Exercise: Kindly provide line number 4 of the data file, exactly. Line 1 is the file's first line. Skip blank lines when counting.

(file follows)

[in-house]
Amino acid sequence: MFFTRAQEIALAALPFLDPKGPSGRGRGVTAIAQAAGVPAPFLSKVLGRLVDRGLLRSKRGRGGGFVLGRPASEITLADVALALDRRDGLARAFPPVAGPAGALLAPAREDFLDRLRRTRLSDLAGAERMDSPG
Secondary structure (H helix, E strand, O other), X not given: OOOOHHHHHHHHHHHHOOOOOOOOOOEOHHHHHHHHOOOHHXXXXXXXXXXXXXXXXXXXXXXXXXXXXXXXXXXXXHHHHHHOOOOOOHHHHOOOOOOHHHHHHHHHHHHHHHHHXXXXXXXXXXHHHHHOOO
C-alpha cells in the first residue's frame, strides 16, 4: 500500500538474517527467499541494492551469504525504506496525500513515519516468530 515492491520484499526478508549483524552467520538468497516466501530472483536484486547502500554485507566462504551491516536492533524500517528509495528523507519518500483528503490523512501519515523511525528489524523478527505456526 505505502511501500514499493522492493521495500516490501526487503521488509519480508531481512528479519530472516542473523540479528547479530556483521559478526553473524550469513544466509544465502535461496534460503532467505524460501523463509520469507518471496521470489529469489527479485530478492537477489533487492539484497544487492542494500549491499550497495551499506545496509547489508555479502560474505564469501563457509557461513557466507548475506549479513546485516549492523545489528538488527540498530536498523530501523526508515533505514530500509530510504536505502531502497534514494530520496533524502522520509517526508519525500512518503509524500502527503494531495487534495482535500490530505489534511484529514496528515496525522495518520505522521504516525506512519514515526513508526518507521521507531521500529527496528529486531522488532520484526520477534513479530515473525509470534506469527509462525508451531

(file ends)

C-alpha cells in the first residue's frame, strides 16, 4: 500500500538474517527467499541494492551469504525504506496525500513515519516468530 515492491520484499526478508549483524552467520538468497516466501530472483536484486547502500554485507566462504551491516536492533524500517528509495528523507519518500483528503490523512501519515523511525528489524523478527505456526 505505502511501500514499493522492493521495500516490501526487503521488509519480508531481512528479519530472516542473523540479528547479530556483521559478526553473524550469513544466509544465502535461496534460503532467505524460501523463509520469507518471496521470489529469489527479485530478492537477489533487492539484497544487492542494500549491499550497495551499506545496509547489508555479502560474505564469501563457509557461513557466507548475506549479513546485516549492523545489528538488527540498530536498523530501523526508515533505514530500509530510504536505502531502497534514494530520496533524502522520509517526508519525500512518503509524500502527503494531495487534495482535500490530505489534511484529514496528515496525522495518520505522521504516525506512519514515526513508526518507521521507531521500529527496528529486531522488532520484526520477534513479530515473525509470534506469527509462525508451531